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Read more...Sicilian Food & Wine. A simple, practical guide to the en­chanting world of Si­cilian cuisine, with chapters on wines and olive oils, and a few simple, time­less recipes. Real in­forma­tion for real people. (224 pages on acid-free paper, ebook available) Read more.

Culinary tours of Palermo, Italy. Shown: Marzipan pastries.
Food & wine tours of Palermo at your own pace. Discover 30 centuries of delicious culinary history.

Cooking classes in Palermo.
It's more than artichokes and red wine! Enjoy learning to cook classic, and not so classic, Sicilian dishes with the staff of one of Palermo's finest restaurants. More than 
artichokes. Discover real Sicilian cuisine!From market to table! Visit our site for more information. (Above: Fritella, made with fave, artichokes, peas and virgin olive oil)

Discover Cin Cin!
Sicily's aristocratic cuisine in an elegant and inviting atmosphere. Join us for dinner... Visit our site for more about Cin Cin.

Import fine Sicilian wines.
Purchase fine wines from Sicily directly from the winery for sale in your wine shop or restaurant. Sicilian wines for wholesale export anywhere in the world.

Personalized sightseeing in a timeless city. Dine in a rustic restaurant, or enjoy rural lodging, hiking, wine tastings, cooking classes and more. Visit our working winery near Alcamo and Camporeale in the hills of Sicily's enchanting wine country. Visit our site for more information.

Sicilian Food & Wine
Sicilian couscous.
Related Topics: About Sicilian CuisineCulinary Terms TranslatedSicilian Wines & LiqueursSicilian Olive Oil Sicilian RecipesRestaurants in Sicily Cooking Classes in SicilyPastry BarsMediterranean Diet
Welcome to the most complete online presentation of Sicily's culinary heritage. Cuisine is a reflection of a place's culture. Some would suggest that cuisine is a culture unto itself. In our growing list the "categories" are fairly precise and topics are cross-referenced. We've included most of our culinary articles. Some of these articles contain recipes. For culinary seasons and harvests, see our weather and climate page.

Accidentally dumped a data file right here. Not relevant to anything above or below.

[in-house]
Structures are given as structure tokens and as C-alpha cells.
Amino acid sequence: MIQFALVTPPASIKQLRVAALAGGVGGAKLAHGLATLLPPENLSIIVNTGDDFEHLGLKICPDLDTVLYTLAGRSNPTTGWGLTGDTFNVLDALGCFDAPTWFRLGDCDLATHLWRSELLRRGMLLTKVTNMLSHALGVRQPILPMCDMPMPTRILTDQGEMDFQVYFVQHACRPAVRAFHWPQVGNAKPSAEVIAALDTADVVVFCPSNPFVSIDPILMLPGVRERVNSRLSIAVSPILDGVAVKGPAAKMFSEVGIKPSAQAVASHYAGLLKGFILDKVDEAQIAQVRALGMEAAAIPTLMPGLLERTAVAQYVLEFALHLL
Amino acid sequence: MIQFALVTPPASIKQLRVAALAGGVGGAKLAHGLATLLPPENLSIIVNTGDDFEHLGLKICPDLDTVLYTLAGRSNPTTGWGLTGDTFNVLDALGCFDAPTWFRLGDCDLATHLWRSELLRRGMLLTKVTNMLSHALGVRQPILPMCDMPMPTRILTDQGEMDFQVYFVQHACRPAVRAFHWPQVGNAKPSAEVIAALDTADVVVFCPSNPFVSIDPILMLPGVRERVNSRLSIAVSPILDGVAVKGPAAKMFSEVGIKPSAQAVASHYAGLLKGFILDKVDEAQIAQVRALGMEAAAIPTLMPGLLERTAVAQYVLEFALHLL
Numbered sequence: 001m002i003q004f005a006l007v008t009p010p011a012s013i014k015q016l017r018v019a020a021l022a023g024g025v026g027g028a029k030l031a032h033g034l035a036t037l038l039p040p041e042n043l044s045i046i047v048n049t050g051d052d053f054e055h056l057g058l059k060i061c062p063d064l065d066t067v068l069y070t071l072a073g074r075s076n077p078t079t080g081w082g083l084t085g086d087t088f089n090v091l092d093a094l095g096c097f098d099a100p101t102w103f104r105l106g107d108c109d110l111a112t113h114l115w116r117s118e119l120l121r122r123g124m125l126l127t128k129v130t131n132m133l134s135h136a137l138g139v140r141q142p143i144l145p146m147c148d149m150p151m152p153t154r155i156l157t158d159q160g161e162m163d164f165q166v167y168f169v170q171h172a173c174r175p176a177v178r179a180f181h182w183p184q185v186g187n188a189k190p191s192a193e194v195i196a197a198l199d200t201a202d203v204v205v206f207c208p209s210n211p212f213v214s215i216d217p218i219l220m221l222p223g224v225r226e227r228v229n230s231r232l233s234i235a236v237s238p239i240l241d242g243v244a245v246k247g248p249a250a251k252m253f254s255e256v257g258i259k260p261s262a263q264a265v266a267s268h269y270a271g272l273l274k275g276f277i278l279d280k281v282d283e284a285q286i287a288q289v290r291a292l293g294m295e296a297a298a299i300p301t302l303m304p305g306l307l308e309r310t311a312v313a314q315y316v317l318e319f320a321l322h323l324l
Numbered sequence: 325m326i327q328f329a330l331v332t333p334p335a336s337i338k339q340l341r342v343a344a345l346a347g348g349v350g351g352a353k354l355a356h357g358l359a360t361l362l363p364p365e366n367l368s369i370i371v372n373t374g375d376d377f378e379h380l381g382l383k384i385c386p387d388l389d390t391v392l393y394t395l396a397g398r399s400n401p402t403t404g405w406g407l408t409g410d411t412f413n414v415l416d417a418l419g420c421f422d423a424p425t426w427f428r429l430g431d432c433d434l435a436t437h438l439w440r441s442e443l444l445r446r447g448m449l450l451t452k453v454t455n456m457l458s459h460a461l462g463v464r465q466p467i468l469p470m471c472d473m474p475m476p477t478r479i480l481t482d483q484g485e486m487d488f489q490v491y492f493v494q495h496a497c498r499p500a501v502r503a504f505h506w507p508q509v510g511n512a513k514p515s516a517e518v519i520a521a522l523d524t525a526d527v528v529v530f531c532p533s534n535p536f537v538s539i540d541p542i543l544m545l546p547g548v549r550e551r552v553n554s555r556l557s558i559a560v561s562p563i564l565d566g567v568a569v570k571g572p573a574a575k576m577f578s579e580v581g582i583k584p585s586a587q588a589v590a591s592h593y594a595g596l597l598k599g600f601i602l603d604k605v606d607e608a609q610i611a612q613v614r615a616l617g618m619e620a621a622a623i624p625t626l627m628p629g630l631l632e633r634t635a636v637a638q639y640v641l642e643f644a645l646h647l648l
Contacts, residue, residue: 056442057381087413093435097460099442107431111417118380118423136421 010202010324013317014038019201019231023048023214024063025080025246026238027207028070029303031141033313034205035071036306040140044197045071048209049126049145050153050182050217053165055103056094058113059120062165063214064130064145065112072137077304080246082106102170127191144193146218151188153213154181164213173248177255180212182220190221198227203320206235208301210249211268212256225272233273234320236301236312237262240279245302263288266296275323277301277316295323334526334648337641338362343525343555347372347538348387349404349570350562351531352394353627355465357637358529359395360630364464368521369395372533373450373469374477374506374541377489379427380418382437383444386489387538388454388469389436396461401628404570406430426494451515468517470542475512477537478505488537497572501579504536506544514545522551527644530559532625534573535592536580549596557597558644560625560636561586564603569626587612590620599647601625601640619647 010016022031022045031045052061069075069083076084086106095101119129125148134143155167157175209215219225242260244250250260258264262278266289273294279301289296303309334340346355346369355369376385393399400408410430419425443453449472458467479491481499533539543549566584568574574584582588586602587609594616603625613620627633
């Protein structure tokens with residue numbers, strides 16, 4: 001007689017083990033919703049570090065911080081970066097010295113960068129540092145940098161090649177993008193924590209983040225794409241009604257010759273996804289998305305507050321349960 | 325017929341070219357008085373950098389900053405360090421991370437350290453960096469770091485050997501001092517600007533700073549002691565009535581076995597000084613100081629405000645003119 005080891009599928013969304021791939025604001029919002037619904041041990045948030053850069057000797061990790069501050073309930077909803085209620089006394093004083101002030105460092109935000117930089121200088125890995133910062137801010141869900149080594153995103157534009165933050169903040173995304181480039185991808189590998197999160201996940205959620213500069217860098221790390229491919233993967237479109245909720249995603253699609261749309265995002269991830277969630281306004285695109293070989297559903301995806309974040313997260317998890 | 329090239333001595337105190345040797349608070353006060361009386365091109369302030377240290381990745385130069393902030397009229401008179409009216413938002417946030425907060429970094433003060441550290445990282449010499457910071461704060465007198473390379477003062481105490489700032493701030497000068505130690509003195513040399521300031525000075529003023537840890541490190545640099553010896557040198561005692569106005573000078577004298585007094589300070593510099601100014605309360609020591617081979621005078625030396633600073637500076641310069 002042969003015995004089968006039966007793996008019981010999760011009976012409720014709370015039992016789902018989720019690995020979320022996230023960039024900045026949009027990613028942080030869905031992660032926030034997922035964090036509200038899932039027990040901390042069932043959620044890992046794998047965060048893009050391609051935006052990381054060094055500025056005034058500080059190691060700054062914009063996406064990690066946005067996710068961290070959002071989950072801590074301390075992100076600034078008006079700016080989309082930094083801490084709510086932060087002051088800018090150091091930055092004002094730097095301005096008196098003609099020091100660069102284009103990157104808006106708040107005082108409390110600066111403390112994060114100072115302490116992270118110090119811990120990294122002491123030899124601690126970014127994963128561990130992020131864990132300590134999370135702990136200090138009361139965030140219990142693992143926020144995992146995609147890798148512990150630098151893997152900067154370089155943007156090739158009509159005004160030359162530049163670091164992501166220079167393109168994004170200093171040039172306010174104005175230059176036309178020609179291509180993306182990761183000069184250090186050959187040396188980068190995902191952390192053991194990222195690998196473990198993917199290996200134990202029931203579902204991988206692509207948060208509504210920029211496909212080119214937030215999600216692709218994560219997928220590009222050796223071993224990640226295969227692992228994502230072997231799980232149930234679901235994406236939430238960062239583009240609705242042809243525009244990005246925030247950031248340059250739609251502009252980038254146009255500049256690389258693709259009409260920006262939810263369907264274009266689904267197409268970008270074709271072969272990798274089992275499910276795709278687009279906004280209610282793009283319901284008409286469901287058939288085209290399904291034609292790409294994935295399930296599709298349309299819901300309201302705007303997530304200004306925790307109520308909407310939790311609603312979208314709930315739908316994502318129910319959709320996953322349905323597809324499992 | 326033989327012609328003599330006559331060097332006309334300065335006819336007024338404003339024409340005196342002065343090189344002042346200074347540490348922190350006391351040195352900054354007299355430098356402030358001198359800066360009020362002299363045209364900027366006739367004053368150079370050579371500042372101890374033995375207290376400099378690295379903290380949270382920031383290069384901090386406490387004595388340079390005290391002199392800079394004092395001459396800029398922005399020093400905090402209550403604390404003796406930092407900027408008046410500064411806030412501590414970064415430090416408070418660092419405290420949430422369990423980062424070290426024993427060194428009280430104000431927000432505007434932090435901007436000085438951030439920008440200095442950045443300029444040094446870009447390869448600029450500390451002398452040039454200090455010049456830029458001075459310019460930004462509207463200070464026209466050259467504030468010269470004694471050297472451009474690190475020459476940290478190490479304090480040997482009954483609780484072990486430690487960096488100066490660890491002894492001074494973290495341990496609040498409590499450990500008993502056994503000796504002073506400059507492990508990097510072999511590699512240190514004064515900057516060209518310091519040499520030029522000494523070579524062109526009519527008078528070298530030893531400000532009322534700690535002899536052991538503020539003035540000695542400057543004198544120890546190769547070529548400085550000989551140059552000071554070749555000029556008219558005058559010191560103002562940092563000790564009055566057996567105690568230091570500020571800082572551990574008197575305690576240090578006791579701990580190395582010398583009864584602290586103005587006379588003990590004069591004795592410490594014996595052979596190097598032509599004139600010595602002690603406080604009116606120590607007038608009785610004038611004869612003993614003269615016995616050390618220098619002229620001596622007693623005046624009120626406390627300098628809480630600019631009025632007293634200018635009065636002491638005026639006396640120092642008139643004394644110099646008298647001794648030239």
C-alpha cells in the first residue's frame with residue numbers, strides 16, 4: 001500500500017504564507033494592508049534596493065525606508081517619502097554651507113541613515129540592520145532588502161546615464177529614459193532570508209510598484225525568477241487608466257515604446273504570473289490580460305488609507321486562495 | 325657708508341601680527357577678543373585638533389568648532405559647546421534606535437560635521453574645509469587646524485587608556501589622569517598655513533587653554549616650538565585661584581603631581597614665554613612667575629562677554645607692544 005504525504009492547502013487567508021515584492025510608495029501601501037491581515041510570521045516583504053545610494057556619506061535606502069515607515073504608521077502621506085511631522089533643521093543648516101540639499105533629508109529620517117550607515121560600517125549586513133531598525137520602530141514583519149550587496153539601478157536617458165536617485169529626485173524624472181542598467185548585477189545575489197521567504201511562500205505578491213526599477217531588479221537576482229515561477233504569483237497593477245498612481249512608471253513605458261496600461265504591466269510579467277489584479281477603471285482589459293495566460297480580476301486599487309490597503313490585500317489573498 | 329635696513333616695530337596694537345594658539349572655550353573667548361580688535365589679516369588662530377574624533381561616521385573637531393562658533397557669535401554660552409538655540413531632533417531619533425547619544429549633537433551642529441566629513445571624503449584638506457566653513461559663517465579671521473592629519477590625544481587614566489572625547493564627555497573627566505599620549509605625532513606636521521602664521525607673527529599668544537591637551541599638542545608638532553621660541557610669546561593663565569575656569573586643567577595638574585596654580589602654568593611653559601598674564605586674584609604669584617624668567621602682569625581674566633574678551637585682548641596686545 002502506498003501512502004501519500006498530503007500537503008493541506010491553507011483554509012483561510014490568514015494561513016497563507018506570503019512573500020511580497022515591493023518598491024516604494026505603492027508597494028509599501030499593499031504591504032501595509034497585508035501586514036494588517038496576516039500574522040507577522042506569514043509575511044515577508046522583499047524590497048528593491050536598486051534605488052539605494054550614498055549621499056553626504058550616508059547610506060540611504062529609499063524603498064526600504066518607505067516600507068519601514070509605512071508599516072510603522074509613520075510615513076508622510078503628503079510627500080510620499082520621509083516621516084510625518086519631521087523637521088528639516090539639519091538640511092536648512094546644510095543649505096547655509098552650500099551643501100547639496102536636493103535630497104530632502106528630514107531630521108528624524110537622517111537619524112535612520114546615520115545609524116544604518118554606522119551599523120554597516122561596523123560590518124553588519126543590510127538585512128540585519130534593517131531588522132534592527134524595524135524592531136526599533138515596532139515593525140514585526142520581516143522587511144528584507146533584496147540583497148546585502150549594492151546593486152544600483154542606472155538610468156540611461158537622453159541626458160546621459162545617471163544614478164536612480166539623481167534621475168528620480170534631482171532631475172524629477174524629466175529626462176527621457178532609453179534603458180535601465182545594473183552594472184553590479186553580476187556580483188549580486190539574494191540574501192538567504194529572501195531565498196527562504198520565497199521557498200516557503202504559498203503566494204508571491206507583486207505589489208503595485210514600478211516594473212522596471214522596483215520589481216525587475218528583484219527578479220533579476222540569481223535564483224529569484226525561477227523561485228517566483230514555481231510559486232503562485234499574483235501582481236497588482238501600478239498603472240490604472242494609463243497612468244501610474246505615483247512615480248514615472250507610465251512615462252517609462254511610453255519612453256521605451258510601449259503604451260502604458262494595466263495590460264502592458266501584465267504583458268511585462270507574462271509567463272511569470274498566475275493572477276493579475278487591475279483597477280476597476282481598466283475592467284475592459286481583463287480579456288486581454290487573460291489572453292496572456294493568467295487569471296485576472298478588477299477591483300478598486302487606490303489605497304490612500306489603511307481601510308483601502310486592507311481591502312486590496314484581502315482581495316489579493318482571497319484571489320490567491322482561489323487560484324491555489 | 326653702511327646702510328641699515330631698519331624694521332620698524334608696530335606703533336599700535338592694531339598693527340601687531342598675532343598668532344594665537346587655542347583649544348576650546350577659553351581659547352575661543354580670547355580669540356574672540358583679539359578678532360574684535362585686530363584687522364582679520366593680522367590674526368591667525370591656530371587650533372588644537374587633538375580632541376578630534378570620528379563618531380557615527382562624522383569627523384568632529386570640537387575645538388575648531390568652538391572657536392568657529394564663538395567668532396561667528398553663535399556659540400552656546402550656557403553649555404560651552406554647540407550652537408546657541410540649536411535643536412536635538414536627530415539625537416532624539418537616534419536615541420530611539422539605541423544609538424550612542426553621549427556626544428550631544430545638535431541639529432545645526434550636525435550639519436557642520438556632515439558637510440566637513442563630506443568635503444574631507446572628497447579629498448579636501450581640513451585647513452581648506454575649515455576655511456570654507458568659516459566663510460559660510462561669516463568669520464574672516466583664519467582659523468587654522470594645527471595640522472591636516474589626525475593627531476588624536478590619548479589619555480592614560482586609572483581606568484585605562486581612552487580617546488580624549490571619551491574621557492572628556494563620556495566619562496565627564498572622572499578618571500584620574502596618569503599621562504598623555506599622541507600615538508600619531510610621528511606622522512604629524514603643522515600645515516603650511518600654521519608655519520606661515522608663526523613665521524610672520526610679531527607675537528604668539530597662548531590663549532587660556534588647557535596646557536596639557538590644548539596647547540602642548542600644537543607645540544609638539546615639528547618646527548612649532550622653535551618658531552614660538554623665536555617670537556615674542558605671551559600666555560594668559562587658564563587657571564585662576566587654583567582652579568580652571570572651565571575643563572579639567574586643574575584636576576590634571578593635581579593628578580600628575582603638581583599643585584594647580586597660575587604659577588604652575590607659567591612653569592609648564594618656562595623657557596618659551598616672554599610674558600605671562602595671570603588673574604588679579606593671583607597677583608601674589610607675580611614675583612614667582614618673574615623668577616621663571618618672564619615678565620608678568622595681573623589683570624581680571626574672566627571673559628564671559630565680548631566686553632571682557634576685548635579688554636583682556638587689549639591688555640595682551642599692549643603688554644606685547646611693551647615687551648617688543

Some Favourite Culinary Topics
• Street Food
» Sicily's Street Markets
» Potato-Cheese Crocché
» Panella (Cickpea Cakes)
» Sicilian Pizza
» Spleen Sandwiches
» Stigghiola
» Arancine (Rice Balls)
» Sfincione (cheeseless pizza)
• Appetizers & Informal
» Sicilian Cheeses
» Ricotta (cottage cheese)
» Chicken on a Skewer
» Kebabs in Sicily
» The Sicilian Frittata
» Pizzaiola Sausage
» Caponata
» Nebrodian Swine Salami
• Fish & Seafood
» Seafood Couscous
» Cuttlefish (Seppia)
» Urchins (Ricci)
» Babbaluci (snails)
• Olive Oil
» Olive Oil Page
» Best Olive Oil 2006
» Best Olive Oil 2008
» Wild Olives
• Wines & Spirits
» Wine Page
» Sicily's Wine Country
» Nero d'Avola Wine
» Novello Wine
» Sicily's Wine Renaissance
» Aristocratic Vintners
» Amaretto
» St Martin's Day Delights
• Pasta etc.
» Invention of Spaghetti
» Couscous
» Pistachio Pesto
» Black Cuttlefish Sauce
• Green & Natural
» Sicilian Artichokes
» Capers of Sicily
» Fritella (Fritedda)
» Fava (broad beans)
» Arugula (Rocket Salad)
» Carduna (cardoon)
» Lycopene & Tomatoes
» Broccoli & Sparacelli
» Wild Asparagus
» Fennel (finocchio)
» Sicilian Honey
• Culinary/Dining Experiences
» Restaurants Reviewed
» Cooking Classes
» Organic Farming
• Discoveries & Curiosities
» Bread Sculpture
» Tuna Fishing (Mattanza)
» Nebrodian Black Swine
» Sea Salt & Windmills
• Fruit etc.
» Sicilian Pistachios
» Sicilian Almonds
» Watermelons
» Blood Oranges
» Sicilian Mulberries
» Sugar Cane in Sicily
» Sicilian Figs
» Roasted Chestnuts
» Toasted Chickpeas (ceci)
» Hazelnuts
» Citron (etrog)
» Manna
• Desserts & Sweets
» Buccellato
» Sicilian Ice Cream
» Granita (Flavored Ices)
» Sicilian Coffee
» Cannoli
» Cassata Cake
» Sfinci (cream puffs)
» Cuccìa (wheat pudding)
» Modican chocolate
» Torrone
» Marzipan (pasta reale)

About Sicilian Cuisine
There's no doubt about it. Food and wine are among Sicily's main attractions, and you may have sampled something of both long before arriving in Sicily. When most people think of Italian food, pasta and pizza come to mind. But Sicilian cuisine, and the Mediterranean Diet, transcends these ubiquitous culinary delights. If you plan to go on a diet, go to Sicily first. (You can always diet later.) Here are a few specialties to sample while you're here. Don't forget to visit our Sicilian Recipe and Sicily Restaurant pages. Satiate your sweet tooth on the Pastry page, which lists cafés and pastry bars in Palermo. The Magazine features articles about Sicilian cuisine --things like cheeses, pasta, artichokes, open air markets, wine reviews, wild game, olive oil tastings and more. See our links page for things like cooking lessons, wine tastings and culinary tours.

Martorana Fruit, or almond marzipan. Caponata, a tasty salad made with eggplant (aubergines), olives, capers and celery, makes a great appetizer. There is also an artichoke-based version of this traditional dish, though you're less likely to find it in most restaurants. Sfincione is a local form of pizza made with tomatoes, onions and (sometimes) anchovies. Prepared on a thick bread and more likely found in a bakery than in a pizzeria, sfincione is good as a snack or appetizer.

Panella is a thin paste made of crushed or powdered ceci (garbanzo) beans and served fried. Maccu is a creamy soup made from the same bean. Crocché (croquet) are fried potato dumplings made with cheese, parsley and eggs. Arancine are fried rice balls stuffed with meat or cheese.